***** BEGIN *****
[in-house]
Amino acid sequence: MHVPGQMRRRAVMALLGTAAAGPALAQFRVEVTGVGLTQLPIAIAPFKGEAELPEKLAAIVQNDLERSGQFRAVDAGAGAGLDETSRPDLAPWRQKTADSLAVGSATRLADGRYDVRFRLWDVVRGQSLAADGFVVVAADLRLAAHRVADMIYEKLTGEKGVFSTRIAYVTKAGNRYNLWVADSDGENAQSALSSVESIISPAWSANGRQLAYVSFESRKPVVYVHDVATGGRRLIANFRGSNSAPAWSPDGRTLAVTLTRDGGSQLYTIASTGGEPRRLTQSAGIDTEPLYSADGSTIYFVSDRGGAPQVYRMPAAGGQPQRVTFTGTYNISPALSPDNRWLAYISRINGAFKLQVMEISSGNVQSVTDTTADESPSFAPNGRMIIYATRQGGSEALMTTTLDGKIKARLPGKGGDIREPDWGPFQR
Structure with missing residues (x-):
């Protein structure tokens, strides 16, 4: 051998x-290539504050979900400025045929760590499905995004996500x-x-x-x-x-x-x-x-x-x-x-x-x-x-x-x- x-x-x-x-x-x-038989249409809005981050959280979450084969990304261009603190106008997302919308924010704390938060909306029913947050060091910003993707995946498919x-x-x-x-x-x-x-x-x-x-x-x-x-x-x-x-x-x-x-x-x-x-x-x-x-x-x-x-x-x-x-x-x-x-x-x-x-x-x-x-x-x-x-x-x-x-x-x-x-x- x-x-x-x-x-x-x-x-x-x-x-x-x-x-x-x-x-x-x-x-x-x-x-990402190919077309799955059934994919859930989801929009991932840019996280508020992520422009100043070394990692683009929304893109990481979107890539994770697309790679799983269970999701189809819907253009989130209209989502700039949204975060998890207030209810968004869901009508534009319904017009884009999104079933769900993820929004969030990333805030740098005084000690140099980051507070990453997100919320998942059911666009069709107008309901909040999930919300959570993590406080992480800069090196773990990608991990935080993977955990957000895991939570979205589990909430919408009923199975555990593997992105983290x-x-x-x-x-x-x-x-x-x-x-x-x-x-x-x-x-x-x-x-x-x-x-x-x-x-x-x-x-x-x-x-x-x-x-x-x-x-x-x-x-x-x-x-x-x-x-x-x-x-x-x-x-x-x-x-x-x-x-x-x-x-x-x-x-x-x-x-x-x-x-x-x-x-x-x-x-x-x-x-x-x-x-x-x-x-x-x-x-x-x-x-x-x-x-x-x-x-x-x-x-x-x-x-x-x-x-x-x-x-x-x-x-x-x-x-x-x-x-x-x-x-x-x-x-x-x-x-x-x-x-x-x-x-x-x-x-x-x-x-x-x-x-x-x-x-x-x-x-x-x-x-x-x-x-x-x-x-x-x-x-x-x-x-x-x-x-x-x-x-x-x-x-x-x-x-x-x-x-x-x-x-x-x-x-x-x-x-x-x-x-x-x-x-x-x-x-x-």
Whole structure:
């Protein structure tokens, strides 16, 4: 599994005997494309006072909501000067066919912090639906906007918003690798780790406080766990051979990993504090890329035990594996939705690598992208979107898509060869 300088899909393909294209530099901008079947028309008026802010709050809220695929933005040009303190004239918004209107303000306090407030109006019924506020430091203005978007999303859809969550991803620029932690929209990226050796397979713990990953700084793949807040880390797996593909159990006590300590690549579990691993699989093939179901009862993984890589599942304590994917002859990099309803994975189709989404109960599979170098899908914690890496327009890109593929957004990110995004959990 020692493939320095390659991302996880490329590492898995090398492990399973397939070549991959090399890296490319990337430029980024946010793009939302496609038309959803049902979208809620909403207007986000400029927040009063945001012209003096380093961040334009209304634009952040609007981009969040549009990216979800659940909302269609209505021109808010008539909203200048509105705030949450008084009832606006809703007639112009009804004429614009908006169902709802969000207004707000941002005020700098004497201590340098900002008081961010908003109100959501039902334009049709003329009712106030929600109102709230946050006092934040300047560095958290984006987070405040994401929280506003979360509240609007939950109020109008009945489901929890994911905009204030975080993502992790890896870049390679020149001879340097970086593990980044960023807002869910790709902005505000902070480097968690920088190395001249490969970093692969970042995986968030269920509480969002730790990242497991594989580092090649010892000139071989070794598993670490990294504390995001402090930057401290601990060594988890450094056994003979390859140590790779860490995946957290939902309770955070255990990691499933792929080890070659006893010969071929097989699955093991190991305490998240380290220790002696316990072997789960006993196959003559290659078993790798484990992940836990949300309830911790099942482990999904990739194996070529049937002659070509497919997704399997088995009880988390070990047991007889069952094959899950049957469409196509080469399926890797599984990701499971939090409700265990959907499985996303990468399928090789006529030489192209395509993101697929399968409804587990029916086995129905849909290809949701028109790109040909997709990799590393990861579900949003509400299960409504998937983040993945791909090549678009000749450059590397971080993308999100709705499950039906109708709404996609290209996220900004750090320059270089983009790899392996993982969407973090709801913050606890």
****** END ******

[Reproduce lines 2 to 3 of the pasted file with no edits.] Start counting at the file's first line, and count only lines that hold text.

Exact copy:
Amino acid sequence: MHVPGQMRRRAVMALLGTAAAGPALAQFRVEVTGVGLTQLPIAIAPFKGEAELPEKLAAIVQNDLERSGQFRAVDAGAGAGLDETSRPDLAPWRQKTADSLAVGSATRLADGRYDVRFRLWDVVRGQSLAADGFVVVAADLRLAAHRVADMIYEKLTGEKGVFSTRIAYVTKAGNRYNLWVADSDGENAQSALSSVESIISPAWSANGRQLAYVSFESRKPVVYVHDVATGGRRLIANFRGSNSAPAWSPDGRTLAVTLTRDGGSQLYTIASTGGEPRRLTQSAGIDTEPLYSADGSTIYFVSDRGGAPQVYRMPAAGGQPQRVTFTGTYNISPALSPDNRWLAYISRINGAFKLQVMEISSGNVQSVTDTTADESPSFAPNGRMIIYATRQGGSEALMTTTLDGKIKARLPGKGGDIREPDWGPFQR
Structure with missing residues (x-):